Santa Clara tops SJSU in South Bay showdown

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Santa Clara tops SJSU in South Bay showdown

SAN JOSE -- Santa Clara University’s lead in the second half never dipped below 16 as the Broncos cruised to their ninth win in the last 11 meetings against SJSU, defeating the Spartans 75-54 and ending their three-game win streak.

Twice the Broncos’ second-half lead was cut to 16 by the Spartans but the Broncos were just too much as they outscored SJSU in both halves Tuesday night at the Event Center.

“They outplayed us, simple as that,” said SJSU head coach George Nessman. “They showed more poise and showed more mental sharpness than we did and that’s how they got the victory.”

Santa Clara was led by guard Evan Roquemore, who racked up 16 points and 5 assists while converting 3-5 from beyond the arc, and also received substantial contributions from several members of the team. Broncos guards Raymond Cowells III and Kevin Foster added 13 and 11 points, respectively, to help earn the Santa Clara victory.

For the game, SJSU collectively shot 25 percent (15-60) from the floor. Guard James Kinney, who entered the contest averaging 23 points per game, was limited by the Santa Clara defense, scoring just 19 points.

“We had to keep Kinney somewhat limited, make him earn it and he had to earn those I thought,” said Santa Clara coach Kerry Keating. “He made some really tough shots. We started to frustrate them a little bit and disrupt their flow and it really helped our pressure in other places as well.”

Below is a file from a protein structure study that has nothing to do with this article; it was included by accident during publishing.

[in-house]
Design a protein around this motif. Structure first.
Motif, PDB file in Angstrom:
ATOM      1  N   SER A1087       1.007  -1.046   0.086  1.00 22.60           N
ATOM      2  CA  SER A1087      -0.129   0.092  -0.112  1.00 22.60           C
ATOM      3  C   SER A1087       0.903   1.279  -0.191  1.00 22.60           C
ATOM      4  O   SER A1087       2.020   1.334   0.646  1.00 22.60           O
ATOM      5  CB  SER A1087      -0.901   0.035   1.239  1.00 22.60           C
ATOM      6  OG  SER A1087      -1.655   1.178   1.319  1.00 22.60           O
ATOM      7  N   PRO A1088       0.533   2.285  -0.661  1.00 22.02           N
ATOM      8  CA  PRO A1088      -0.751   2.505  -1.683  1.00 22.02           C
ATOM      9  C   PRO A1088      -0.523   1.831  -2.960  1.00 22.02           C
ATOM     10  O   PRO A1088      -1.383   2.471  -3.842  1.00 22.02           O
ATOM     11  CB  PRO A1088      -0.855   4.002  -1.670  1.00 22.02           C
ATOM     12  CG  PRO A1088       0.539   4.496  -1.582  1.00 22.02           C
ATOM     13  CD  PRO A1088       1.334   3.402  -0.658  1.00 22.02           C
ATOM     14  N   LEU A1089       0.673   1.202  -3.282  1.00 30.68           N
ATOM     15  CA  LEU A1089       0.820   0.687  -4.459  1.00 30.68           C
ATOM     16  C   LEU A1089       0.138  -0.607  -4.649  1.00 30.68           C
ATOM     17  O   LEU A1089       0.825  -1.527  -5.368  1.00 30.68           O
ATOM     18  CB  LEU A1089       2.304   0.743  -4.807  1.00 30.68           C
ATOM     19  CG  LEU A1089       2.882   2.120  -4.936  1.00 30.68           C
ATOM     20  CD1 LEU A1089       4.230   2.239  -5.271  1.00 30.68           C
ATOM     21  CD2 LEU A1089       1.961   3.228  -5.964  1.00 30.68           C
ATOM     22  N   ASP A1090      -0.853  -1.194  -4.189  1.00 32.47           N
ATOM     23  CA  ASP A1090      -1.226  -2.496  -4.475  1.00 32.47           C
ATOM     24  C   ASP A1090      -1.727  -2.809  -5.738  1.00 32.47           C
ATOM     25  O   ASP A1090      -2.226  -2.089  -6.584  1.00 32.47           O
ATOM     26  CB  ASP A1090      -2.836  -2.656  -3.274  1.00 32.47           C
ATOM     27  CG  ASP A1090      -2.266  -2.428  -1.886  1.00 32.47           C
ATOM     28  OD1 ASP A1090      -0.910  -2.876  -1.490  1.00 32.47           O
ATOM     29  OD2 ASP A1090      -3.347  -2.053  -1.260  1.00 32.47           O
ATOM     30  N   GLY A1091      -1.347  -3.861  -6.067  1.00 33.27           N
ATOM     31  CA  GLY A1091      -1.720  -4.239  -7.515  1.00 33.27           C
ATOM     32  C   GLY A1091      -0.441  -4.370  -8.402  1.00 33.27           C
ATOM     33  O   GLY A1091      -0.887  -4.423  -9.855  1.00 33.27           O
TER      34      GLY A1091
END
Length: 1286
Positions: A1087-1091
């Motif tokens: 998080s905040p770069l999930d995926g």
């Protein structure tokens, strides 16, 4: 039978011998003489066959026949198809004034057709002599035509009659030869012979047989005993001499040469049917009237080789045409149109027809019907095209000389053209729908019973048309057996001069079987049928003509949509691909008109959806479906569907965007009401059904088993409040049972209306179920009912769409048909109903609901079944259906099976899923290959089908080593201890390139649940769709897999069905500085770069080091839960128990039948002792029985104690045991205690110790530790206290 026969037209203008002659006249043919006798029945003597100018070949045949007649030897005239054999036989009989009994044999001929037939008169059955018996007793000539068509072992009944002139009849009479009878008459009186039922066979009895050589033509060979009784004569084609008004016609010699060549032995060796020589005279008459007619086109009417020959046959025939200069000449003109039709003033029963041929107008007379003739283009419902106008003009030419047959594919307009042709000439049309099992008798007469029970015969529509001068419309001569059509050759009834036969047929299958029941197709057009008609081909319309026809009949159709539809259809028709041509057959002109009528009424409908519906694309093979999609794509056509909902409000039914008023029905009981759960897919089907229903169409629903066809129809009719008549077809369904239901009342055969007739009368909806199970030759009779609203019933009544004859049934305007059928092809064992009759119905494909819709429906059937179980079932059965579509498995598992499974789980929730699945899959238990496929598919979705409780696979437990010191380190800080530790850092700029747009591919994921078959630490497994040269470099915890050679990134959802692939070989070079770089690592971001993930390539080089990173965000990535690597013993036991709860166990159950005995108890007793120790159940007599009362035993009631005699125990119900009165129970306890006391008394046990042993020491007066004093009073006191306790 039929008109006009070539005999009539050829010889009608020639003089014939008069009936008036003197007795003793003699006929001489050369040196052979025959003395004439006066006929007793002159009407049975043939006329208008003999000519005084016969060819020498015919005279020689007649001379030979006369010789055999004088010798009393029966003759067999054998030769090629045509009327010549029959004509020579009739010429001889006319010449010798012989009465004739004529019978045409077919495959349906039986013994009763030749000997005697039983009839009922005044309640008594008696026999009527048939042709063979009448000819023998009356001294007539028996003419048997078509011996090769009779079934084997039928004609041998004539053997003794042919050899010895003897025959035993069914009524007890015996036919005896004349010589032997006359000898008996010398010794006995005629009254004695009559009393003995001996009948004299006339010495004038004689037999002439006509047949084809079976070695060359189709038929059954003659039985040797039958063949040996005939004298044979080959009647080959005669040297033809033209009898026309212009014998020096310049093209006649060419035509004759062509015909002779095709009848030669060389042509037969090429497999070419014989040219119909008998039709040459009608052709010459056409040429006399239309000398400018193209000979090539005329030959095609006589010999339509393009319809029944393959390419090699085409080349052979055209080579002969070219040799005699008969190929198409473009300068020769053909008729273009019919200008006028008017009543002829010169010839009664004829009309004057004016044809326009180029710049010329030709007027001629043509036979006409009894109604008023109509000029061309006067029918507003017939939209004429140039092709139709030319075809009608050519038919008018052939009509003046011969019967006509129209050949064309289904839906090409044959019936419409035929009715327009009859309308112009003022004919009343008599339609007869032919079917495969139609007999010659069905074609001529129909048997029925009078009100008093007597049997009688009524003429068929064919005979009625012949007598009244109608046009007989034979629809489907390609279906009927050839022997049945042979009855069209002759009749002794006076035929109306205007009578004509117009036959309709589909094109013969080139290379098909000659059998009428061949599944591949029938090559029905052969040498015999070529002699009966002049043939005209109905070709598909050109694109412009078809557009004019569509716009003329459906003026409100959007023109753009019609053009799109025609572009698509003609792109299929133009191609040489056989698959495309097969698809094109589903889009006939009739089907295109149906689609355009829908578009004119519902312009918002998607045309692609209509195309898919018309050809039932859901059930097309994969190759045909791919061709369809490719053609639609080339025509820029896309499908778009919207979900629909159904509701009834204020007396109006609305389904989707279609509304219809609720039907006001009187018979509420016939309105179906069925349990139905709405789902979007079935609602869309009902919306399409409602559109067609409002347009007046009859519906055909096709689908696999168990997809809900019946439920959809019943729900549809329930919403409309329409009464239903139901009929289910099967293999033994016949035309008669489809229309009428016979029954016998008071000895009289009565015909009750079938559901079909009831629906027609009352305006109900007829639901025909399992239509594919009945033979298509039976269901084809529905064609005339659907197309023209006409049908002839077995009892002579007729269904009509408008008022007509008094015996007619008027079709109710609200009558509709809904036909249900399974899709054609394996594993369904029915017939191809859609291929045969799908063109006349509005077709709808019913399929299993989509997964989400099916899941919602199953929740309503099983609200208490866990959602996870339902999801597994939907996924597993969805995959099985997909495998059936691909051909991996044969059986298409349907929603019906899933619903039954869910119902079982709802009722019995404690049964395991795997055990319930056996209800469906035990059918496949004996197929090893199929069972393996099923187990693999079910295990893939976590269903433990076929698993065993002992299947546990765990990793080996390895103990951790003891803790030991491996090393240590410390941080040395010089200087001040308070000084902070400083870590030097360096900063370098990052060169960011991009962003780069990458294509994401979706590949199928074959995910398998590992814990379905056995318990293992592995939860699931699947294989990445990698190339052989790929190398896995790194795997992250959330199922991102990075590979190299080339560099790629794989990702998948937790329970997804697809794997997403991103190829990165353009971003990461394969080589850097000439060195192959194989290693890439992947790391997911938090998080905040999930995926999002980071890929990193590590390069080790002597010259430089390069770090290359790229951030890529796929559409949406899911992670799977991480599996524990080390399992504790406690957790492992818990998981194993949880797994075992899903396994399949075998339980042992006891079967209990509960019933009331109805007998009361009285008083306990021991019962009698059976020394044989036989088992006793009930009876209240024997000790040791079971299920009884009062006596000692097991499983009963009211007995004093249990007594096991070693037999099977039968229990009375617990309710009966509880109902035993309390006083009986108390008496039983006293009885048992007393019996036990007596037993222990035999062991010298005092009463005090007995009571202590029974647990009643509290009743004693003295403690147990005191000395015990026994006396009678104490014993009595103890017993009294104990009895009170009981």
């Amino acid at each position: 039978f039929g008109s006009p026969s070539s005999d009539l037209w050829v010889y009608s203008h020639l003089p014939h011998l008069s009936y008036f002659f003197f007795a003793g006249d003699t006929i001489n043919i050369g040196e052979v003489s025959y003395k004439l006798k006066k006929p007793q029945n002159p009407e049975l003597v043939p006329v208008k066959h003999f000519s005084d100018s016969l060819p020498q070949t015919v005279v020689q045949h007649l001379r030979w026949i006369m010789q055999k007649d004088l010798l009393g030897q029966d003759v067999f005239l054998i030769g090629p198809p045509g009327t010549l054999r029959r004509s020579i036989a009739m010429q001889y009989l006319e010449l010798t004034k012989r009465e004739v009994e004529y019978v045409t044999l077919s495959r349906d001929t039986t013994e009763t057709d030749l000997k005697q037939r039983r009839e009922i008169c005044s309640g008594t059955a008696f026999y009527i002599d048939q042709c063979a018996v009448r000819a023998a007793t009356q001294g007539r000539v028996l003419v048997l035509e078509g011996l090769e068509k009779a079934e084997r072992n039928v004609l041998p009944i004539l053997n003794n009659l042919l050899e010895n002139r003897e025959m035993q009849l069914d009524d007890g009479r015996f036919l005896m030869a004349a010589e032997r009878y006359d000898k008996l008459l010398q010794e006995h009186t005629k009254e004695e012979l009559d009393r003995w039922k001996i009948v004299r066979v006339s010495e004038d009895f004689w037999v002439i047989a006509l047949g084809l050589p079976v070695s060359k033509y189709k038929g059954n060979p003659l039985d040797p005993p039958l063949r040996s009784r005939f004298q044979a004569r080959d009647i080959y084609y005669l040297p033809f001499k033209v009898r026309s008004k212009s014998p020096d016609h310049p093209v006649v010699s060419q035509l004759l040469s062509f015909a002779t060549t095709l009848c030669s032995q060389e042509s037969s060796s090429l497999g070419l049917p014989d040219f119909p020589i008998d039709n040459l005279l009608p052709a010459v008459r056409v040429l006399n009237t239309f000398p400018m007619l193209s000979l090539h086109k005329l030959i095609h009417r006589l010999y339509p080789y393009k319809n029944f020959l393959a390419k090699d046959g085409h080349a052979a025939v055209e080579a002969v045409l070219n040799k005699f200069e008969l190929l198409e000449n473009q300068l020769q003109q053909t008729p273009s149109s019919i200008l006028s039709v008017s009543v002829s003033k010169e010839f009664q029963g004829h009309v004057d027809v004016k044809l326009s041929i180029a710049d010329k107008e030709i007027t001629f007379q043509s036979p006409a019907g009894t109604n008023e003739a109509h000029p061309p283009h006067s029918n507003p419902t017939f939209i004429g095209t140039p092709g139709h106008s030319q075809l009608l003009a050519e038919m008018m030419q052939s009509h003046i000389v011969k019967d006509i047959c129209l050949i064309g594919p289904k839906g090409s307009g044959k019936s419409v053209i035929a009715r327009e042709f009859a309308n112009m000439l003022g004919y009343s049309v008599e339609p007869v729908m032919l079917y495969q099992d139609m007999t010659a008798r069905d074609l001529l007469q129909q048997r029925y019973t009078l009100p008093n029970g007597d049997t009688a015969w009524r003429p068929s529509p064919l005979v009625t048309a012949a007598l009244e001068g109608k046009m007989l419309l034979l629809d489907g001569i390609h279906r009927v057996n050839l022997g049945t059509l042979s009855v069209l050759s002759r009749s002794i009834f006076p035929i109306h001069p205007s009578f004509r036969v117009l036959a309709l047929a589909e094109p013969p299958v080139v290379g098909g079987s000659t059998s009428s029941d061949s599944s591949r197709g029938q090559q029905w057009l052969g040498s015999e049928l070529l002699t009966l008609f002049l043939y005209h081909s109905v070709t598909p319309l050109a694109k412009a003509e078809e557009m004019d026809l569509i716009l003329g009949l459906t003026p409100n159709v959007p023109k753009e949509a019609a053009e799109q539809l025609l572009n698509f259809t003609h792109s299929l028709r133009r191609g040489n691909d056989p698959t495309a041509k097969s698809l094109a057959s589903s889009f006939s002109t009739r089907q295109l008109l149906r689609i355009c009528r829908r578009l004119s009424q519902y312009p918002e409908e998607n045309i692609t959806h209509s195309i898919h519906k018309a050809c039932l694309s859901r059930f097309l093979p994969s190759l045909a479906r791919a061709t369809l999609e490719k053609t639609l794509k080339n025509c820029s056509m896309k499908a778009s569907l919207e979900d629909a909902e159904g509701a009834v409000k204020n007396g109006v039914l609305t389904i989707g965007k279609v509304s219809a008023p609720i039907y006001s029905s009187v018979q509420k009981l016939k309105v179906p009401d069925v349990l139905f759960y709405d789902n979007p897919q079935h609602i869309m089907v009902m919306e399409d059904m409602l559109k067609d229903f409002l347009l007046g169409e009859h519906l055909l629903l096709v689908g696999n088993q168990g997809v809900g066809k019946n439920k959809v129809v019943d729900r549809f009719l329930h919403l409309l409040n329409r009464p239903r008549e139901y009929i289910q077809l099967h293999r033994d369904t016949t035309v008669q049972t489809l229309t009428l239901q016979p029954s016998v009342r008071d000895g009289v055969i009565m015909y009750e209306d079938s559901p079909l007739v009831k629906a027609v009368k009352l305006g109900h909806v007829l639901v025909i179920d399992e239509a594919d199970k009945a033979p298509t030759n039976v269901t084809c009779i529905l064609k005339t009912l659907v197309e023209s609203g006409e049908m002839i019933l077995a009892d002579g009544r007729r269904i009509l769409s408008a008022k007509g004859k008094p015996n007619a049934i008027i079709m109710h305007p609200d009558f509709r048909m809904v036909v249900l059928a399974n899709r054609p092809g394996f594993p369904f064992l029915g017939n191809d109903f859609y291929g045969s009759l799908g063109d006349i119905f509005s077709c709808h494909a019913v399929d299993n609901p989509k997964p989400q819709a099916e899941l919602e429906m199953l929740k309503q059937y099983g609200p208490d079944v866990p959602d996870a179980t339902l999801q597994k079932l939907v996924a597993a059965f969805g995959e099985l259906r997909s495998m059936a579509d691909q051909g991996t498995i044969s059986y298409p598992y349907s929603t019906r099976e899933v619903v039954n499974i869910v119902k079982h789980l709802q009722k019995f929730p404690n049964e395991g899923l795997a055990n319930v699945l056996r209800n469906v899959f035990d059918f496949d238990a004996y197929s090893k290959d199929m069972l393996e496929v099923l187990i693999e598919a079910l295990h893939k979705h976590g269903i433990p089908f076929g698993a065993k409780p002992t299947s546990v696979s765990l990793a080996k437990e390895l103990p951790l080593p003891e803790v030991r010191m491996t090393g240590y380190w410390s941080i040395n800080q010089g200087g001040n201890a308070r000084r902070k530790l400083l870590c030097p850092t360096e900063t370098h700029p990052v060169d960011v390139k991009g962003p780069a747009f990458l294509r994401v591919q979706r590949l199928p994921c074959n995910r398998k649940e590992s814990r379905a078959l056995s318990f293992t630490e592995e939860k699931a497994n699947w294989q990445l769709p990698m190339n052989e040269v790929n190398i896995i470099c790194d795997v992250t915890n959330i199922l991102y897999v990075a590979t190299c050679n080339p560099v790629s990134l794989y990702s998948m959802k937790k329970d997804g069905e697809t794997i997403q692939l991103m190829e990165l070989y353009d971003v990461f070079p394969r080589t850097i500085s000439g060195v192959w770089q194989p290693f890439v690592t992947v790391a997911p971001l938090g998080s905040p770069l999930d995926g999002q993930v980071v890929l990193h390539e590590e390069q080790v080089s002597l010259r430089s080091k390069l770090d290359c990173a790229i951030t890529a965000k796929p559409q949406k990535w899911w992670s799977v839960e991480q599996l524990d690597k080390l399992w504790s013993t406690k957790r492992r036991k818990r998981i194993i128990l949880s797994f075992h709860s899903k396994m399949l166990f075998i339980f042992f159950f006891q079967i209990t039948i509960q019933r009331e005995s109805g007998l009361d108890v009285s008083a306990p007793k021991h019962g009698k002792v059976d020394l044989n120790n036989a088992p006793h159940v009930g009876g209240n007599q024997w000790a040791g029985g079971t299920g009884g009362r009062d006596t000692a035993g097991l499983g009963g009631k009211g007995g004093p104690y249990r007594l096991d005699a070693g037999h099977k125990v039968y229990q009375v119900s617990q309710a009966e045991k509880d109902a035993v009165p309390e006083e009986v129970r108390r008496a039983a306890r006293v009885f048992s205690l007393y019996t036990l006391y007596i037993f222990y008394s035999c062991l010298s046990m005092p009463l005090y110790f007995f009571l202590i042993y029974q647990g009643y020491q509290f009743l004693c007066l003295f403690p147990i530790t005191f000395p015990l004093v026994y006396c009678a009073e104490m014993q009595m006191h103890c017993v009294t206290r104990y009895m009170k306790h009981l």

Nessman called the loss a lesson learned for the Spartans.

“We played a really good team and we didn’t play with a level of concentration that you need to,” he said. “We certainly had a lot of intensity but we didn’t do a good job focusing. We made a lot of careless mistakes and Santa Clara punished us for almost every one of them.”

While Santa Clara outscored SJSU 17-14 in points off turnovers both Nessman and Kinney said it felt like the spread was larger. Ten of SJSU’s 18 turnovers came in the first half, digging a hole the Spartans wouldn’t be able to climb out of.

“They counted on our mistakes, that’s pretty much the game right there,” Kinney said. “We didn’t execute offensively. We broke down on many of our sets and that leads to bad shots, poor decisions overall and transition points for Santa Clara going the other way.”

Santa Clara began to build a lead from the early minutes of the first half. Within the first five minutes the Broncos took a 14-5 lead and it became clear that Santa Clara was the more aggressive team.